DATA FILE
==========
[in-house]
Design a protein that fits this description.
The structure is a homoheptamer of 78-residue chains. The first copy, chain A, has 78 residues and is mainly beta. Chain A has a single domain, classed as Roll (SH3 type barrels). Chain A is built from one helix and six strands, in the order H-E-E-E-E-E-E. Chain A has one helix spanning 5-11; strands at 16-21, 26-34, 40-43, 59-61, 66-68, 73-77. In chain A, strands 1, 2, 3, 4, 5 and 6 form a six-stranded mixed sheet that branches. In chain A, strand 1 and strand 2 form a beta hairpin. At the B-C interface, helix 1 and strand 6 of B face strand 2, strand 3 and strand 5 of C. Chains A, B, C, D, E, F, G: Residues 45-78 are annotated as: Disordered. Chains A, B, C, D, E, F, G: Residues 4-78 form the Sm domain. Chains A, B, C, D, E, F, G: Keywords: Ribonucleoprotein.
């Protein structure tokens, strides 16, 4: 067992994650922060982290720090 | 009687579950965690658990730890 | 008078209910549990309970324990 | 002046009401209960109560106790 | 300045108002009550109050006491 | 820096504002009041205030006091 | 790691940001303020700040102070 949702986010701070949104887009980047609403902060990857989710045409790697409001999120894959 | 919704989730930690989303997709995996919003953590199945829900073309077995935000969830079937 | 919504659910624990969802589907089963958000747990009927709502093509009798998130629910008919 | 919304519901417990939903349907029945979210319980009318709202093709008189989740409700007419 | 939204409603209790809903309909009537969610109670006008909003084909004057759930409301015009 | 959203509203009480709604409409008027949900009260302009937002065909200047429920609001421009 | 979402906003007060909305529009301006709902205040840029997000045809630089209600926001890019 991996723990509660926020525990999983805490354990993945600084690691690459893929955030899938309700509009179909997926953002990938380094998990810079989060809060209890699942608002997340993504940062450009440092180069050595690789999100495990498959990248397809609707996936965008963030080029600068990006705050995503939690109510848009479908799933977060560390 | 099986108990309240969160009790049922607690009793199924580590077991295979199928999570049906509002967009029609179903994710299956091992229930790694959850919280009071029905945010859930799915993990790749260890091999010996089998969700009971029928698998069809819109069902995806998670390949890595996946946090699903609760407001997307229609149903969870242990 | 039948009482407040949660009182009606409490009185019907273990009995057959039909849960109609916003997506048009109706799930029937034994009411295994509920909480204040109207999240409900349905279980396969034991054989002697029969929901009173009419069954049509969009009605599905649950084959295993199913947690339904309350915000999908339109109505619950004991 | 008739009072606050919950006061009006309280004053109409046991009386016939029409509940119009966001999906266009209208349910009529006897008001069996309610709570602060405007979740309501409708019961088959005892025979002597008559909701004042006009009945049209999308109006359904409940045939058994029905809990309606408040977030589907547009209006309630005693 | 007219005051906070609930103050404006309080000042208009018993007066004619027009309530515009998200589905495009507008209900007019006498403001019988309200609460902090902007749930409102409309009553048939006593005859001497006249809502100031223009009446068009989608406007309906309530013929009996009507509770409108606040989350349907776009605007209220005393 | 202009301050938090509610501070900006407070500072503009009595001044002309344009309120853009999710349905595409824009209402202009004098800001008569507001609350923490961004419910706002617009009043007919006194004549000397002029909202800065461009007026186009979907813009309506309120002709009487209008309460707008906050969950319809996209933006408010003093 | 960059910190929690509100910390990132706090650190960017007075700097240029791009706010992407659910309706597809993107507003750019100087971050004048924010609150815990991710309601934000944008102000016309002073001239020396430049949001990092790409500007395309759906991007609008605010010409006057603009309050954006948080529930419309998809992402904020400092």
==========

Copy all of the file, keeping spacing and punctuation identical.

[in-house]
Design a protein that fits this description.
The structure is a homoheptamer of 78-residue chains. The first copy, chain A, has 78 residues and is mainly beta. Chain A has a single domain, classed as Roll (SH3 type barrels). Chain A is built from one helix and six strands, in the order H-E-E-E-E-E-E. Chain A has one helix spanning 5-11; strands at 16-21, 26-34, 40-43, 59-61, 66-68, 73-77. In chain A, strands 1, 2, 3, 4, 5 and 6 form a six-stranded mixed sheet that branches. In chain A, strand 1 and strand 2 form a beta hairpin. At the B-C interface, helix 1 and strand 6 of B face strand 2, strand 3 and strand 5 of C. Chains A, B, C, D, E, F, G: Residues 45-78 are annotated as: Disordered. Chains A, B, C, D, E, F, G: Residues 4-78 form the Sm domain. Chains A, B, C, D, E, F, G: Keywords: Ribonucleoprotein.
């Protein structure tokens, strides 16, 4: 067992994650922060982290720090 | 009687579950965690658990730890 | 008078209910549990309970324990 | 002046009401209960109560106790 | 300045108002009550109050006491 | 820096504002009041205030006091 | 790691940001303020700040102070 949702986010701070949104887009980047609403902060990857989710045409790697409001999120894959 | 919704989730930690989303997709995996919003953590199945829900073309077995935000969830079937 | 919504659910624990969802589907089963958000747990009927709502093509009798998130629910008919 | 919304519901417990939903349907029945979210319980009318709202093709008189989740409700007419 | 939204409603209790809903309909009537969610109670006008909003084909004057759930409301015009 | 959203509203009480709604409409008027949900009260302009937002065909200047429920609001421009 | 979402906003007060909305529009301006709902205040840029997000045809630089209600926001890019 991996723990509660926020525990999983805490354990993945600084690691690459893929955030899938309700509009179909997926953002990938380094998990810079989060809060209890699942608002997340993504940062450009440092180069050595690789999100495990498959990248397809609707996936965008963030080029600068990006705050995503939690109510848009479908799933977060560390 | 099986108990309240969160009790049922607690009793199924580590077991295979199928999570049906509002967009029609179903994710299956091992229930790694959850919280009071029905945010859930799915993990790749260890091999010996089998969700009971029928698998069809819109069902995806998670390949890595996946946090699903609760407001997307229609149903969870242990 | 039948009482407040949660009182009606409490009185019907273990009995057959039909849960109609916003997506048009109706799930029937034994009411295994509920909480204040109207999240409900349905279980396969034991054989002697029969929901009173009419069954049509969009009605599905649950084959295993199913947690339904309350915000999908339109109505619950004991 | 008739009072606050919950006061009006309280004053109409046991009386016939029409509940119009966001999906266009209208349910009529006897008001069996309610709570602060405007979740309501409708019961088959005892025979002597008559909701004042006009009945049209999308109006359904409940045939058994029905809990309606408040977030589907547009209006309630005693 | 007219005051906070609930103050404006309080000042208009018993007066004619027009309530515009998200589905495009507008209900007019006498403001019988309200609460902090902007749930409102409309009553048939006593005859001497006249809502100031223009009446068009989608406007309906309530013929009996009507509770409108606040989350349907776009605007209220005393 | 202009301050938090509610501070900006407070500072503009009595001044002309344009309120853009999710349905595409824009209402202009004098800001008569507001609350923490961004419910706002617009009043007919006194004549000397002029909202800065461009007026186009979907813009309506309120002709009487209008309460707008906050969950319809996209933006408010003093 | 960059910190929690509100910390990132706090650190960017007075700097240029791009706010992407659910309706597809993107507003750019100087971050004048924010609150815990991710309601934000944008102000016309002073001239020396430049949001990092790409500007395309759906991007609008605010010409006057603009309050954006948080529930419309998809992402904020400092």